A $50 Million Lifeline: CMS Grants Aim to Boost Child Healthcare in Schools

Centers for Medicare & Medicaid Services

WASHINGTON, D.C. — The Centers for Medicare & Medicaid Services (CMS) recently announced a series of grants amounting to $50 million. This financial boost is earmarked to deliver vital health services to school-aged children across the nation, a decision set to have substantial implications for the future of pediatric healthcare.

The grant system, enabled by the Bipartisan Safer Communities Act, offers each state the opportunity to secure up to $2.5 million in funding. The grants will assist up to 20 states in either initiating or widening the reach of their school-based health services for children enrolled in Medicaid and the Children’s Health Insurance Program (CHIP).

Seen as a game-changer, this allocation aims to bridge the gap between children and essential healthcare services—with a focus on mental health—directly through their schools. Schools have always presented a unique platform to provide healthcare services to children, particularly those enrolled in Medicaid and CHIP. These services span across preventive and behavioral healthcare to physical care and are key in improving health and educational outcomes.

With 16 states already providing school-based health services to Medicaid- or CHIP-covered children, outside of those with special education needs, CMS anticipates that the funding will propel more states to follow suit and boost their existing programs. The funding is expected to make a significant impact on the development of state-level school-based health services programs.
Providing healthcare to more than 39 million children, Medicaid and CHIP are essential to the well-being of our nation’s children. Consequently, this funding is being hailed as one of the CMS’s most impactful measures to increase children’s access to healthcare.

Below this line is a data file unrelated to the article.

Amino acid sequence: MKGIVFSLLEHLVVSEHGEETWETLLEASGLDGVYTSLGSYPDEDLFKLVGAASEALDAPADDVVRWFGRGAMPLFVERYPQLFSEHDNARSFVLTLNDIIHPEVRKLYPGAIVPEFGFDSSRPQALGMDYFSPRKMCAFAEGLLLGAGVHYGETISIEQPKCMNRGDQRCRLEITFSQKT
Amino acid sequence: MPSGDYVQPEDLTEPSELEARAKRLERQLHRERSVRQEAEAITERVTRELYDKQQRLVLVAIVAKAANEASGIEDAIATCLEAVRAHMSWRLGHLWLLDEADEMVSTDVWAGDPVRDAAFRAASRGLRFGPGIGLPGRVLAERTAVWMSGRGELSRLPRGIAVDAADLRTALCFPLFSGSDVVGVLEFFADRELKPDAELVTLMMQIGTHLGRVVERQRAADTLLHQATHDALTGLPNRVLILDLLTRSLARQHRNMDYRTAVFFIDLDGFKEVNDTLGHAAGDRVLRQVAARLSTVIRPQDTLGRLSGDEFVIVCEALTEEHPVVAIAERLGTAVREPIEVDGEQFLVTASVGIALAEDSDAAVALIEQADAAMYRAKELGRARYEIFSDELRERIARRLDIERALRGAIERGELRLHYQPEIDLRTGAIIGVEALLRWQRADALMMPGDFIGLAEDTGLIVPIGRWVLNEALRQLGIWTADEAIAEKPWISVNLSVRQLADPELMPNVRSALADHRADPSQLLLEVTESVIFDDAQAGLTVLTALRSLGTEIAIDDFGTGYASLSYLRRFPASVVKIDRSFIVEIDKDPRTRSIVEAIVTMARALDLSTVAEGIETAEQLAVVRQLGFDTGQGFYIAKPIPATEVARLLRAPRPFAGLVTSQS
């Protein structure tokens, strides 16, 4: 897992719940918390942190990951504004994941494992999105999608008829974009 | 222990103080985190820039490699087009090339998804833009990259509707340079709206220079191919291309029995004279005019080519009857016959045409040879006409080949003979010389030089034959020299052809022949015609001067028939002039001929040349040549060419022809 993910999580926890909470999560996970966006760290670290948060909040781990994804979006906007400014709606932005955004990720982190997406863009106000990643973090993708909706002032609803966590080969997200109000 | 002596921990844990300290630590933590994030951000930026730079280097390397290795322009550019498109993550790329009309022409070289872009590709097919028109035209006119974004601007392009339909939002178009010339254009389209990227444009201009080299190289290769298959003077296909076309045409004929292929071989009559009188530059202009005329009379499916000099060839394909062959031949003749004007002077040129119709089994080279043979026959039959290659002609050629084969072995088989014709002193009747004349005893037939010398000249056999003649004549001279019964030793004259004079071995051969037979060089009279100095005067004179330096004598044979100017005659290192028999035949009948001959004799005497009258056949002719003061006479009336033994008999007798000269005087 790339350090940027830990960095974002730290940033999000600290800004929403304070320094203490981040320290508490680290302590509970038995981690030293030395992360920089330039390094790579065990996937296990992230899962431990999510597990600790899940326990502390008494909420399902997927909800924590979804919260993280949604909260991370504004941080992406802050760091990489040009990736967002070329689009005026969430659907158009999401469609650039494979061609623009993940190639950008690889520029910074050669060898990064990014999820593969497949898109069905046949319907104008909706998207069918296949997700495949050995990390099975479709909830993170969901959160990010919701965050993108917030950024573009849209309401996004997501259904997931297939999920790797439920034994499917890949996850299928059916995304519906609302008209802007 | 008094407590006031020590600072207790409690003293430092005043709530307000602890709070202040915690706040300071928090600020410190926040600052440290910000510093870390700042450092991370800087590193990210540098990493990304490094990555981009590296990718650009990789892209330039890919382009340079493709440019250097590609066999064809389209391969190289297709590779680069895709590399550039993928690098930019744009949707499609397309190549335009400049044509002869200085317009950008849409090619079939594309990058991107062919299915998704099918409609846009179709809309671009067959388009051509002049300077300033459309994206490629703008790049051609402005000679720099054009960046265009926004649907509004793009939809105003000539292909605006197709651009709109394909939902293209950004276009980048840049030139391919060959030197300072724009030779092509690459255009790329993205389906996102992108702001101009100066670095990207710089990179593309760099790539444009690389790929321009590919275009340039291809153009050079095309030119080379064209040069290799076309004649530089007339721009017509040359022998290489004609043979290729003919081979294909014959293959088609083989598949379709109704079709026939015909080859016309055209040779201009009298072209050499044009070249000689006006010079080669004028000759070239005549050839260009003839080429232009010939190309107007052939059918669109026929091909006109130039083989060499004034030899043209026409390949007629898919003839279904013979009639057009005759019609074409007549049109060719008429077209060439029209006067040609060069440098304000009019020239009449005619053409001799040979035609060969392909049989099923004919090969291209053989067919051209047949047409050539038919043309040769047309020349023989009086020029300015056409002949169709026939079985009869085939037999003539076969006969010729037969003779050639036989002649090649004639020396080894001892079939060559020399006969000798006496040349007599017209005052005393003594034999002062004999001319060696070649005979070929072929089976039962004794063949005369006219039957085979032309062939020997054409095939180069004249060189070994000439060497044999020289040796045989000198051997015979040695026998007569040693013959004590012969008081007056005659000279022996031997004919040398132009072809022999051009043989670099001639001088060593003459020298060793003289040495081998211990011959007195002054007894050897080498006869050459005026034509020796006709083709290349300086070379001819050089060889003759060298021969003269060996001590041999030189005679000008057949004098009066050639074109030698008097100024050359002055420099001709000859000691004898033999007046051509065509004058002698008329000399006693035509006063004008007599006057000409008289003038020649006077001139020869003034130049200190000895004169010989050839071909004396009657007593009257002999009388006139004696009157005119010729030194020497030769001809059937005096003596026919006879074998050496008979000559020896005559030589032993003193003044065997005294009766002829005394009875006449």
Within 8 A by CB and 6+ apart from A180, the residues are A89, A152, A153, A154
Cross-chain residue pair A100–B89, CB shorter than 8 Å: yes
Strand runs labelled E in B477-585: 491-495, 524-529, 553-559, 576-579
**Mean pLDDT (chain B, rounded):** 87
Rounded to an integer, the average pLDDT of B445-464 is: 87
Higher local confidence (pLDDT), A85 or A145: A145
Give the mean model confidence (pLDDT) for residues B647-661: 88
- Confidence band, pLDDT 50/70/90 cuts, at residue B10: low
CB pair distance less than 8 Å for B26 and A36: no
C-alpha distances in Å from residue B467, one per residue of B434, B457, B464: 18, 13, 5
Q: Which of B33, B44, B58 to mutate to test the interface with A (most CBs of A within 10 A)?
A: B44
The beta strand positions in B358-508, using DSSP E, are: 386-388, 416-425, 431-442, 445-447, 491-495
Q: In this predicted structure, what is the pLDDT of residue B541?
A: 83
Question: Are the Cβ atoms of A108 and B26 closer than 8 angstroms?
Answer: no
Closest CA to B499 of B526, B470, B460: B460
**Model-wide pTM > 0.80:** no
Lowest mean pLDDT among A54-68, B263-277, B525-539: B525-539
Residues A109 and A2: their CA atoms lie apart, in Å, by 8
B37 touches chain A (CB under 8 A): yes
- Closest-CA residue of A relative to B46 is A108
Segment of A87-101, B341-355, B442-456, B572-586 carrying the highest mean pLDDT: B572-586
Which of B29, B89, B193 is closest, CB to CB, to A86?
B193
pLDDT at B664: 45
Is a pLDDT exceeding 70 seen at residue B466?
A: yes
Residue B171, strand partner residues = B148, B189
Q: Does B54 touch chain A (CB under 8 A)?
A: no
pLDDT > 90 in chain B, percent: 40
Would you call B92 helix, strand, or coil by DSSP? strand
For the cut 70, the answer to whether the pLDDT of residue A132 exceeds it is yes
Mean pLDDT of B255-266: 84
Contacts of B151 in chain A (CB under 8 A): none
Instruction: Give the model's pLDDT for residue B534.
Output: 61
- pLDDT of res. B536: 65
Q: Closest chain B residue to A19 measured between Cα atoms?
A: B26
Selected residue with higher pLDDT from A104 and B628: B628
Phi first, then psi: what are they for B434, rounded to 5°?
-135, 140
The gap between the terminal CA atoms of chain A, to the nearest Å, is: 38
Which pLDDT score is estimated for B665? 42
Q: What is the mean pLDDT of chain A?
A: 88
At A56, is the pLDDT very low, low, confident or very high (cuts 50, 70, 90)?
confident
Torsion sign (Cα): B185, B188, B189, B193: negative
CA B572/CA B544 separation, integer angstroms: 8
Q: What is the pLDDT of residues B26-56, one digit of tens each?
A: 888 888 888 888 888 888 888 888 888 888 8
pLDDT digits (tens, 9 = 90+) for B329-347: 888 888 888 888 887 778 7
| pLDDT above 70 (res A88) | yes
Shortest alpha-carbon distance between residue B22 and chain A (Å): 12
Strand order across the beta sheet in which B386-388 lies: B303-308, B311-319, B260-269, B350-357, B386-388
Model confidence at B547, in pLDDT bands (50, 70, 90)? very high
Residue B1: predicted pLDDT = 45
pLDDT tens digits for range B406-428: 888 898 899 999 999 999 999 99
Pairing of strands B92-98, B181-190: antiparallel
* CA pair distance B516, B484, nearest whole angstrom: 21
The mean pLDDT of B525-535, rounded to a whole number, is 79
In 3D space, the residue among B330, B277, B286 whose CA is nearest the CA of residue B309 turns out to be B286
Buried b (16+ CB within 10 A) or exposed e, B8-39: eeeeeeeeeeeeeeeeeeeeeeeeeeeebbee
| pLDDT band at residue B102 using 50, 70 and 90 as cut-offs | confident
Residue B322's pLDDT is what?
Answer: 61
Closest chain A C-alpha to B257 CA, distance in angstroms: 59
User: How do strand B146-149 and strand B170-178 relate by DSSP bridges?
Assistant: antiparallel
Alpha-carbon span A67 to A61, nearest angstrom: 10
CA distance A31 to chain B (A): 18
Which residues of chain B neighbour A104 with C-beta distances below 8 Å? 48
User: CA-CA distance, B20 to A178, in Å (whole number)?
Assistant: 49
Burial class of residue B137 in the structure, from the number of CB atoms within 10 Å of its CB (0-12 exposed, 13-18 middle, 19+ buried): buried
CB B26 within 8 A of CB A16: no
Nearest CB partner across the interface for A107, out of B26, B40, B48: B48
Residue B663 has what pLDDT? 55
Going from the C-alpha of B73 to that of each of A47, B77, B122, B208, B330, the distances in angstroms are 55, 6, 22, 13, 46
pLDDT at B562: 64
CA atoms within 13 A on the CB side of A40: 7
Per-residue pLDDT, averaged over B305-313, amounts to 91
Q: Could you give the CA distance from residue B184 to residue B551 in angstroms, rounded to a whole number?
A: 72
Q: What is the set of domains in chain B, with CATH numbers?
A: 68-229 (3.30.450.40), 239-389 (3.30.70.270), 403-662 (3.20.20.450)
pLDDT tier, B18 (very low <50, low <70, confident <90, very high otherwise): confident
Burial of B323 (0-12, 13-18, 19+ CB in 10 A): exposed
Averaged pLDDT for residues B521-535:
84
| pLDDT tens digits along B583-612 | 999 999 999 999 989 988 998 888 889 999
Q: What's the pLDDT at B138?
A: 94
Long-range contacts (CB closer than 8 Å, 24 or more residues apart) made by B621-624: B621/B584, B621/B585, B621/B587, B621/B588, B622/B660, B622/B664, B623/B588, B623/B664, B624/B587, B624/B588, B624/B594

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The importance of a strong, healthy partnership between state and federal government agencies is underscored by this funding announcement. In particular, the relationship between the U.S. Department of Health and Human Services (HHS) and the U.S. Department of Education (ED) is spotlighted as instrumental to driving accessibility to healthcare for children.

In a joint letter to governors, HHS Secretary Xavier Becerra and ED Secretary Miguel Cardona emphasized that the grants would streamline the process for states to support schools in affording crucial healthcare services, especially mental health services, to students nationwide.

The call for applications for this ground-breaking funding is set for March 25, 2024, with the successful states receiving their funding by the following summer.

More than just a fiscal impetus, this initiative heralds a broader commitment from the Biden-Harris Administration to invest in young lives, ensuring children have the support they need to flourish in their communities. By making Medicaid health services more accessible in schools, the administration aims to meet children right where they are: in schools.

The introduction of this $50 million in grant funding from the CMS marks a pivotal step towards better healthcare access for children involved in Medicaid and CHIP. By reinforcing state-level efforts to provide school-based health services, this funding offers a chance to transform healthcare delivery for our nation’s youth. It can reshape the landscape of children’s healthcare services while strengthening the bond between state and federal government agencies.

Applications for the grant will be due by March 25, 2024, with funding anticipated by this summer. Visit Grants.gov for more information.

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